The English Department at Western Carolina University invites applications for a tenure-track Assistant Professor (Creative Writing, Fiction) to begin August 2008. Dr. Elizabeth Addison, Department of English. November 15, 2007.

Axton Poetry Fellow and Axton Fiction Fellow (2 positions), University of Louisville, Fall 2008 - writers who have received their terminal degree within the last five years in Creative Writing are invited to apply. Paul Griner, Director of Creative Writing. November 2, 2007,

Rollins College, Department of English, Theodore Bruce and Barbara Lawrence Alfond Chair of Creative Writing. Endowed Chair. The Department of English, Rollins College, invites applications and nominations for a Writer in Residence and Theodore Bruce and Barbara Lawrence Alfond Chair of Creative Writing, beginning August 2008. M.F.A. or Ph.D. preferred. Screening of nominees and applicants will begin October 20, 2007, and continue until the position is filled. Philip F. Deaver, Selection Committee Chair.

Jobs :: Various

Published October 20, 2007 Posted By
The Hendrix College Department of English seeks applications for a two-year teaching residency in poetry or fiction writing, beginning in the fall, 2008. Alice Hines, Search Committee Chair, Department of English. October 26, 2007.

University of Wisconsin - Oshkosh, Assistant Professor of English wanted for a tenure-track position in Creative Writing: Non-Fiction, beginning Sept. 1, 2008. Dr. Ron Rindo, Chair, Department of English. November 12, 2007.

Gilman School, Reginald S. Tickner Writing Fellowship in any genre: fiction, poetry, playwrighting, or creative non-fiction. Dr. Meg Tipper, Director, Writing Center. January 8, 2008.

Cleveland State University, Assistant Professor/Director of Creative Writing Programming, English Department. Dr. Louis Barbato, Chair, Department of English. November 1, 2007.

Franklin & Marshall College English Department invites applications from fiction writers for a possible one-year visiting Assistant Professorship, to begin in the fall of 2008. Judith Mueller, Chair, English Department. December 1, 2007.

Temple University English Department is looking to hire a distinguished fiction writer for one year to teach in our graduate creative writing program. Samuel R. Delany, Director of Graduate Creative Writing Program. December 10, 2007.

Ohio Wesleyan University seeks a specialist in creative non-fiction & expository writing with a compatible literary field. A full-time, tenure-track position, pending approval. Lynette Carpenter, Chair, Department of English. November 9, 2007.

Colgate University Olive B. O'Connor Fellowship in Creative Writing. January 1, 2008

First Book at the 2007 Quill Book Awards

Published October 19, 2007 Posted By
First Book has been selected as a signature charity of the Quills Literacy Foundation. First Book will be featured at the 2007 Quill Book Awards gala ceremony in New York City, hosted by NBC’s Ann Curry and Al Roker, with special guest Stephen Colbert. FB's long-time supporter, Academy Award-nominated actress Joan Allen, will present on their behalf. Check your local listings to watch the Quill Awards television special on NBC on Saturday, October 27.

The Quills Literacy Foundation, in partnership with NBC Universal Television Stations and Borders, Inc.®, will be auctioning a selection of autographed notable books and 2007 Quill Award winner and nominee titles between October 22 and midnight October 31 to raise funds for First Book.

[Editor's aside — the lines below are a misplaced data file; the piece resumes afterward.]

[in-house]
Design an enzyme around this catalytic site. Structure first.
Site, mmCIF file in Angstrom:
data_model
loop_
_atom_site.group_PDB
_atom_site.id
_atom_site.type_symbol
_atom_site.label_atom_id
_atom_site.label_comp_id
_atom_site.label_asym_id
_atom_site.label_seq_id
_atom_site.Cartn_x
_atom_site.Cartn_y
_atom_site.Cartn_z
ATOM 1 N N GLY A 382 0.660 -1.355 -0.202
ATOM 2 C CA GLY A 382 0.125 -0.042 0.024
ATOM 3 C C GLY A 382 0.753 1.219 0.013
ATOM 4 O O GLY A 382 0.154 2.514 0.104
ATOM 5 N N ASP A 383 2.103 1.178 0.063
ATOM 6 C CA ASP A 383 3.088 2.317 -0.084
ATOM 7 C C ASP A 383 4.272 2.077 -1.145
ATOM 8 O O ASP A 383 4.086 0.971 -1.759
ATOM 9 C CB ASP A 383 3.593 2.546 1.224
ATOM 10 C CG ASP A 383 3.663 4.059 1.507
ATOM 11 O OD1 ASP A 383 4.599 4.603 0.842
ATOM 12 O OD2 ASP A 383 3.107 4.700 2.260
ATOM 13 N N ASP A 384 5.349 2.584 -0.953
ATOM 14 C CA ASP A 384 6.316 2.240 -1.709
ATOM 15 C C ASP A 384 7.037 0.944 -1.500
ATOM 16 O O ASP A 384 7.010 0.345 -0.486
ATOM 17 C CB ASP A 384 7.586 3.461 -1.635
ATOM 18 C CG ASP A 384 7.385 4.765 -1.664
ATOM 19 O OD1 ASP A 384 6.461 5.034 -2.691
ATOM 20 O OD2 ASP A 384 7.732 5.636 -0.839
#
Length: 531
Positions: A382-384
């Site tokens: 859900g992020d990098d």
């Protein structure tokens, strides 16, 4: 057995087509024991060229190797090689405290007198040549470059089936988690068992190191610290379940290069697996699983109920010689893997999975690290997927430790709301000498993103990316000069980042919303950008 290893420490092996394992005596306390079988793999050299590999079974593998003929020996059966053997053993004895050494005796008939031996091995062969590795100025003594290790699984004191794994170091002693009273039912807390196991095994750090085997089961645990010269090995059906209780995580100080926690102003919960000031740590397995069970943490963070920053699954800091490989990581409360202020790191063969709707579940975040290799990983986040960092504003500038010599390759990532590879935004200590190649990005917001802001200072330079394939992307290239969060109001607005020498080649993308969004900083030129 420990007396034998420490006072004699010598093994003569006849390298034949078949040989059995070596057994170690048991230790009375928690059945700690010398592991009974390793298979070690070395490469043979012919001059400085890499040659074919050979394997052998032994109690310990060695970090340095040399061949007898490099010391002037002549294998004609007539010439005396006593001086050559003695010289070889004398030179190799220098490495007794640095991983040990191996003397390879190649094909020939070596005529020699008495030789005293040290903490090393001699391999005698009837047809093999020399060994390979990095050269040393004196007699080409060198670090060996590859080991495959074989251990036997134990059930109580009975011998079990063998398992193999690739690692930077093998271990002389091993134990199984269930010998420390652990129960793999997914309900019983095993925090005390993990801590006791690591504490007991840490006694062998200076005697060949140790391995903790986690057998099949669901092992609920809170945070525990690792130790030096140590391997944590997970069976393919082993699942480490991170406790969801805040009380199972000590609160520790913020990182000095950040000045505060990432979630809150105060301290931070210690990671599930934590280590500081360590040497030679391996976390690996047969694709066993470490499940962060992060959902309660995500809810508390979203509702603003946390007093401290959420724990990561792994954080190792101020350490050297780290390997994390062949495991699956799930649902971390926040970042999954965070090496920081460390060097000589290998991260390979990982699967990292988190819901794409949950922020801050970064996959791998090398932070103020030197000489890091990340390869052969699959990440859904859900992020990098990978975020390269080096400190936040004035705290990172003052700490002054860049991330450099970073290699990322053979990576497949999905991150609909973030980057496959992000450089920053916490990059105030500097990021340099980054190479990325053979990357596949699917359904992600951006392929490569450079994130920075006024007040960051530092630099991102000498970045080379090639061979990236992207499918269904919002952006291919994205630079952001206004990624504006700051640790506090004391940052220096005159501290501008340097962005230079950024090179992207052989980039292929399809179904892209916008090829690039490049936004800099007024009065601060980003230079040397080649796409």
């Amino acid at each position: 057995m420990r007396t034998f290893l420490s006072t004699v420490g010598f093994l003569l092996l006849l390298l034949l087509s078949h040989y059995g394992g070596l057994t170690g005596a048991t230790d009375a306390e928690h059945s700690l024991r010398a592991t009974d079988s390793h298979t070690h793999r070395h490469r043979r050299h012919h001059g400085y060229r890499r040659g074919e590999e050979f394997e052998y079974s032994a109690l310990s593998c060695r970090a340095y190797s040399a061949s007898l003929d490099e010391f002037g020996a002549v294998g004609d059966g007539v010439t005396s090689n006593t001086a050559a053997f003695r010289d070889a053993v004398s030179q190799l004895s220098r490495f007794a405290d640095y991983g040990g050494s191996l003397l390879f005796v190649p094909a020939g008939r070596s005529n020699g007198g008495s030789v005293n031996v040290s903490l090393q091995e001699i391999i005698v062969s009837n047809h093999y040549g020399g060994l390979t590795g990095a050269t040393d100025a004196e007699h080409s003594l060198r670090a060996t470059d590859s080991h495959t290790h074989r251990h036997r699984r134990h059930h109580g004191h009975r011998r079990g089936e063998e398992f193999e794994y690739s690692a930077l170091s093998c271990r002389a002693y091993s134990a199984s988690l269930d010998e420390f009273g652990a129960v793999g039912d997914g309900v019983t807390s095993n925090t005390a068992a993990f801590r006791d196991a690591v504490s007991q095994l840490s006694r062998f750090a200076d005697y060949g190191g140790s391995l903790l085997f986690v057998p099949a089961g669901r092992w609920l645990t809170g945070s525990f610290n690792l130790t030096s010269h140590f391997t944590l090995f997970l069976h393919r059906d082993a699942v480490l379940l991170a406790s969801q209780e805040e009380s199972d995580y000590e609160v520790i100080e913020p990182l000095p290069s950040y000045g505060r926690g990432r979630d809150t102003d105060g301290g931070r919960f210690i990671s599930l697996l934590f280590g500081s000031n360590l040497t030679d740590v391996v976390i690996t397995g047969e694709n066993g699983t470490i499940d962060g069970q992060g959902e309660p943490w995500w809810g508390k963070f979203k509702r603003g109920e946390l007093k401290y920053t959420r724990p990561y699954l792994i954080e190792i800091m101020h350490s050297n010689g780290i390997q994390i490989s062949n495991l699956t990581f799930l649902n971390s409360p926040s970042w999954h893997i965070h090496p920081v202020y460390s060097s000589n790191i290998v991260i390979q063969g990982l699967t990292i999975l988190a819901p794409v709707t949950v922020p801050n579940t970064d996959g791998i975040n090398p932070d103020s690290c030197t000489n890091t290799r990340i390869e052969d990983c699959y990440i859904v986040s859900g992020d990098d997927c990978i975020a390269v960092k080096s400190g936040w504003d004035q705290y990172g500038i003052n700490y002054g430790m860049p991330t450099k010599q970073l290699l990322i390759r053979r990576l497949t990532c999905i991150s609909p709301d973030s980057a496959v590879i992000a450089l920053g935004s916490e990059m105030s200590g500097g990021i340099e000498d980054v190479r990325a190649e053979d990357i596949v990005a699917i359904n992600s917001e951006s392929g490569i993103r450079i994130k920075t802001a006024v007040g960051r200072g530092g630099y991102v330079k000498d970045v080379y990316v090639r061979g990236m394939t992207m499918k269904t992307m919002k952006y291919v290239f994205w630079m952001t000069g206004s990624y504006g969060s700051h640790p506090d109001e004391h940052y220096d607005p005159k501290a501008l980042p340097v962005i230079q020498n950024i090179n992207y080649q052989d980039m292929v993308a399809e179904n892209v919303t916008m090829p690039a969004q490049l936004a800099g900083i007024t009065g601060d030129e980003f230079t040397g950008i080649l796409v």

First Book is a nonprofit organization with a single mission: to give children from low-income families the opportunity to read and own their first new books. They provide an ongoing supply of new books to children participating in community-based programs serving children in need.

Call for Panel Discussion Proposals 12.1.07

Published October 19, 2007 Posted By
Split this Rock Poetry Festival: Poems of Provocation & Witness, March 20-23, 2008, Washington D.C., invites proposals for panel discussions and workshops on a range of topics at the intersection of poetry and social change. Possibilities are endless: craft, mentoring young poets, working in prisons, connecting with the activist community, sustaining ourselves in dark times, the role of poetry in wartime... Proposals are due by December 1, 2007.

Jobs :: Various

Published October 19, 2007 Posted By
Northern Arizona University, Creative Nonfiction, Assistant Professor, starting August 2008. Duties include graduate and undergraduate teaching in creative nonfiction workshops, directing/reading theses, and advising students. Dr. Jane Armstrong Woodman, Chair of Creative Writing/Assistant Professor Search Committee. November 1, 2007.

Visiting Professor in Residence of Creative Writing, Murray State University. November 30, 2007.

The English Department at Western Kentucky University seeks applicants for a tenure-track position in Creative Writing-Fiction, beginning August 2008. Dr. Tom C. Hunley Chair, Fiction Writer Search Committee, Department of English. November 2, 2007.

Columbus State University Department of English invites MFAs and PhDs to apply for a tenure-track position at the assistant professor rank. Dr. Pat McHenry, Department of English, Columbus State University. December 1, 2007.

English/Creative Writing Instructor, Monterey Peninsula College, Monterey, CA. Kathleen Clark, Human Resources Department. January 14, 2008.

University of California, San Diego (UCSD) Department of Literature. Seeking a creative writer at a senior level to teach in a thriving undergraduate program and new MFA program. November 15, 2007.

Art :: Untitled Love Project

Published October 18, 2007 Posted By
The UNTITLED LOVE PROJECT is an emotionally influenced experiment examining the broken heart. Each individual artist will revisit a past relationship through their medium (illustration, painting, photography, etc). This project will be supplemented by a book, which will feature each original artistic expression accompanied with interviews, short stories, or journal entries regarding the story behind the conceptual recollection. Vulnerability is a necessity. For more information on submitting your emotions, purchasing artwork or joining the movement please email: .